The Russell Wilson interception in the end zone to end the 49th Super Bowl will stand, for me, as the epitome of the phenomenon in sports (and pop culture) that we call the Arm Chair Manager/Coach Phenomenon. It’s the phenomenon that compels Joe in Taylor to call into sports radio shows during the summer to insist he knows more about baseball than Jim Leyland. It’s the phenomenon where it makes certain plays look so obvious from the overhead, sideline camera view, that don’t look that way at all when you see it from a player’s point-of-view on the field. And truly, it’s the same phenomenon that compels fanboys to write blogs about all of the objectively stupid decisions George Lucas made in his Star Wars prequels. Do we know more about football plays than Pete Carroll? No. I’d say, most people on the planet don’t. I wrote a 3-5 thousand page blog post about how I thought Chris Nolan’s Interstellar was terrible. Do I know more about film making than Chris Nolan? Certainly not (that’s why I have yet to post it. But I’ll get there, stand by). But, ultimately, we are the fans and we have the right to complain when the product we pay to see doesn’t meet our standards, and like a Jar Jar Binks fart jokes, the call to throw the ball second and goal at the one yard line seemed so distinctly unnecessary that there’s just no rationalizing it. It doesn’t matter to me if, as Grantland points out, none of the 108 balls thrown from the opposing team’s one yard line this season were intercepted, you still have Marshawn Lynch as your most most powerful weapon and you should use him in that situation.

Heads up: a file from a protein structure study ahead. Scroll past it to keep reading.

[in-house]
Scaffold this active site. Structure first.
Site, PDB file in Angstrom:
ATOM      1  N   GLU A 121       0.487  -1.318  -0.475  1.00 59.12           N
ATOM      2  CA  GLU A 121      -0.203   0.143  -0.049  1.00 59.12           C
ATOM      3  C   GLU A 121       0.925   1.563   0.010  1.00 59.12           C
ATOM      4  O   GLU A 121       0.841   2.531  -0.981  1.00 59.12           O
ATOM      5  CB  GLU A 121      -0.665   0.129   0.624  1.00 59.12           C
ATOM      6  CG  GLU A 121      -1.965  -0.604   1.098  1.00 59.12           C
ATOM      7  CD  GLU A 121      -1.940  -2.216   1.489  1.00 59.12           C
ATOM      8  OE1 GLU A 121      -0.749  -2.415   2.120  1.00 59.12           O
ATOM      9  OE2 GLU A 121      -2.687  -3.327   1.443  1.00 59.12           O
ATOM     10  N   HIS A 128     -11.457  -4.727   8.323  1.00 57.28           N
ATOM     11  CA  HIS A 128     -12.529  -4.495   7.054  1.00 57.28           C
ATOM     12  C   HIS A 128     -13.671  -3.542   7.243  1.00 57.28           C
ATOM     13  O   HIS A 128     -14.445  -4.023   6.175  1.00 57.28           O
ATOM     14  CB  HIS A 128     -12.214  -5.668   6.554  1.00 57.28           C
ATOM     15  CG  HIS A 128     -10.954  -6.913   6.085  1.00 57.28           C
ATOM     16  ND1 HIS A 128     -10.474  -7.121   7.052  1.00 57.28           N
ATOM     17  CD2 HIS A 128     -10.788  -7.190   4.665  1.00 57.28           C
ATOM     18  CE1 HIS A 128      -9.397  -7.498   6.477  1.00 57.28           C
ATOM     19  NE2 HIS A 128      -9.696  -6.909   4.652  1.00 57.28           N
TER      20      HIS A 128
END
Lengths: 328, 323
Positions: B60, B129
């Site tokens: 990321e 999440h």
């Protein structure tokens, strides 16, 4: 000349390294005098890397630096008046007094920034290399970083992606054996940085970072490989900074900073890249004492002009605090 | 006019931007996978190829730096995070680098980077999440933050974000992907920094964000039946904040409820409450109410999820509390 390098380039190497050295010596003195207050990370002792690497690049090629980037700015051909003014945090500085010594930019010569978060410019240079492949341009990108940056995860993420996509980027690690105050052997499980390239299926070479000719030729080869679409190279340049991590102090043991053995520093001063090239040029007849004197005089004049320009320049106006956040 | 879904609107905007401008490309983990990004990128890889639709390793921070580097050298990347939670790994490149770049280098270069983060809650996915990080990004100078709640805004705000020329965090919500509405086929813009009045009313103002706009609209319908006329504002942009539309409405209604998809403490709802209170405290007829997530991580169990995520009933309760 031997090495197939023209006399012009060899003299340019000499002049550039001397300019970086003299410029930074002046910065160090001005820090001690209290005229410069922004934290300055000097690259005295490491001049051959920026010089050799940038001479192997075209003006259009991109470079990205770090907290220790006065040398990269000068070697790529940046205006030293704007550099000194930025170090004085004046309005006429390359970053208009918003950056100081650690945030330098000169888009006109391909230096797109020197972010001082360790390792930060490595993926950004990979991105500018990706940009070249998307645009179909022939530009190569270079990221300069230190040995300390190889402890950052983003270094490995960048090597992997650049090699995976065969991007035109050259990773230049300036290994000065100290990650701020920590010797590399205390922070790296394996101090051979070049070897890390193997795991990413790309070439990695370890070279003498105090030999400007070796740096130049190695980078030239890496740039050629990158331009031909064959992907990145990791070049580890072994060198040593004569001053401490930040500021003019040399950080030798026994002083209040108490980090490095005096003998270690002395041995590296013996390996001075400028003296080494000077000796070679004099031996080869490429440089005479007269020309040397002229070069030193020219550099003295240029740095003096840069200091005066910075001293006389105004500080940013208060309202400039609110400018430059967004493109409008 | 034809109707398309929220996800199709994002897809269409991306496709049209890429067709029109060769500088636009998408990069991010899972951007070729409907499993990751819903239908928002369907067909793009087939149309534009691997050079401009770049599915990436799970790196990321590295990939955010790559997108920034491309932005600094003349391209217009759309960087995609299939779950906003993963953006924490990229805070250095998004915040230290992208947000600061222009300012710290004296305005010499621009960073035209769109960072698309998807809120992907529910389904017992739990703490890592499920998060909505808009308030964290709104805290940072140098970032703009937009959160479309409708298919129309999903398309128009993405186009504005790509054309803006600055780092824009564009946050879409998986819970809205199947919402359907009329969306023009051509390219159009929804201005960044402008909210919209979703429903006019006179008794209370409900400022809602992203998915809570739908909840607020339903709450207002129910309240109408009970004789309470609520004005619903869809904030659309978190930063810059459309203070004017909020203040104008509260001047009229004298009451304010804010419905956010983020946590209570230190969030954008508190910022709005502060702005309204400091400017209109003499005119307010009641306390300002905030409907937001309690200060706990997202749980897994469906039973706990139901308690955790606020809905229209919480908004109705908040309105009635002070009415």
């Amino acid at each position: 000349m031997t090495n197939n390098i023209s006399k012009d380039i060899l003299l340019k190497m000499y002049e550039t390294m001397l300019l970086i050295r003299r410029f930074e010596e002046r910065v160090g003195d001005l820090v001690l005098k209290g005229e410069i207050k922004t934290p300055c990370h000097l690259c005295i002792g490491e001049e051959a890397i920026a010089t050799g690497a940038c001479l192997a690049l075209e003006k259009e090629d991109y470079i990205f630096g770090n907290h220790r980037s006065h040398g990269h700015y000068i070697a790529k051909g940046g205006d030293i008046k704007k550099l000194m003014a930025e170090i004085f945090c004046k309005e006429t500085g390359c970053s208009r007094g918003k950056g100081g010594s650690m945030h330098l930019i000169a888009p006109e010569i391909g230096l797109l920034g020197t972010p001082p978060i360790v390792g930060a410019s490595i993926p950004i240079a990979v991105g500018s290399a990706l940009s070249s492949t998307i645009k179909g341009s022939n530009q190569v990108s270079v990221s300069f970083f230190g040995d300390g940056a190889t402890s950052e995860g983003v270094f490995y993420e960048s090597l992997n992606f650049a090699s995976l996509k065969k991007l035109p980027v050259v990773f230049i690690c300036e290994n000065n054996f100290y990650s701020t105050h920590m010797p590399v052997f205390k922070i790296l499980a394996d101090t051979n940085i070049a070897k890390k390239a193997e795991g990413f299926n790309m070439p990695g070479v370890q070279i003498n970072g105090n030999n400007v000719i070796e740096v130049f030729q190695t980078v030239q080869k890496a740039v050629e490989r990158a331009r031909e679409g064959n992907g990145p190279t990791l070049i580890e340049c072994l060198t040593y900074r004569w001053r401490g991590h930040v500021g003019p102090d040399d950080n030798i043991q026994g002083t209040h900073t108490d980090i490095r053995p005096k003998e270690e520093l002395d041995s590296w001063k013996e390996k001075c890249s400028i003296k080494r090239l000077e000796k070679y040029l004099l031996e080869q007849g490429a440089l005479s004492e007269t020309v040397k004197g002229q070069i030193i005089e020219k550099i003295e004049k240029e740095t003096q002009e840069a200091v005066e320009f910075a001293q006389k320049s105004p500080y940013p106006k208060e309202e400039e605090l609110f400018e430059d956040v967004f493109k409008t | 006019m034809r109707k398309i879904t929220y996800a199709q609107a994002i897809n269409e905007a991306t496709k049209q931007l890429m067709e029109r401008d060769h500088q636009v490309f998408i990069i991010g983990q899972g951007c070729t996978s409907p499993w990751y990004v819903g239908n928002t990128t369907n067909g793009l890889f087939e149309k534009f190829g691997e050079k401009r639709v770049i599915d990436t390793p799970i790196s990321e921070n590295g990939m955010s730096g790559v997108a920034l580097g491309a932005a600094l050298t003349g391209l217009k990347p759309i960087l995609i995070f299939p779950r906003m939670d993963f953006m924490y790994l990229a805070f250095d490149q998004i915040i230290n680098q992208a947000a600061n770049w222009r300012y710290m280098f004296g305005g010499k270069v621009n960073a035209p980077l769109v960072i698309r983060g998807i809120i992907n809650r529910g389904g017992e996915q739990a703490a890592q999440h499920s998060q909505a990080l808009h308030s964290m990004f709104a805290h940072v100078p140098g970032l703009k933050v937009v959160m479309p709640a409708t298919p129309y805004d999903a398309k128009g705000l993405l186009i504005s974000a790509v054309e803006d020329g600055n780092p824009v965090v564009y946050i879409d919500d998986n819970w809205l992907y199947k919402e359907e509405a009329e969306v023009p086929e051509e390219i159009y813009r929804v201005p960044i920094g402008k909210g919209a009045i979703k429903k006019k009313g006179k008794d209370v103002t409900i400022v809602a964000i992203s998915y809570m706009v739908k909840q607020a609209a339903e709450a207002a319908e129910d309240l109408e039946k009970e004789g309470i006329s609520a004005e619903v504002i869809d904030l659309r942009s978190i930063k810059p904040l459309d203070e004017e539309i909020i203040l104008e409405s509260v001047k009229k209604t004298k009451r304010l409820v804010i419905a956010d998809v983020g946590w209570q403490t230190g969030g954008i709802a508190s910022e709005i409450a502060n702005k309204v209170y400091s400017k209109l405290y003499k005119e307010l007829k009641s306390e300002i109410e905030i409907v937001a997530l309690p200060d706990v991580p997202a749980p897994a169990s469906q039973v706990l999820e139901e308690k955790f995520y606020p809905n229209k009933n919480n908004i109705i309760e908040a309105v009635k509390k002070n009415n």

Pete Carroll’s throw it to blow it call came on the same day that my roommate Johnny and I watched in confused dismay as Spartan basketball guard Travis Trice had 20 seconds on the clock at the end of a tie game to take it to the rim for a lay up and instead waited until the last seconds to fire a hail Mary three-pointer from the fifty yard line.  He bricked and sent the U of M game to overtime (Spartans won, though). All to the point that no matter who you are, there are just some plays, some movies, some albums that are so bad, you don’t have to be an expert to call them out as being total crap.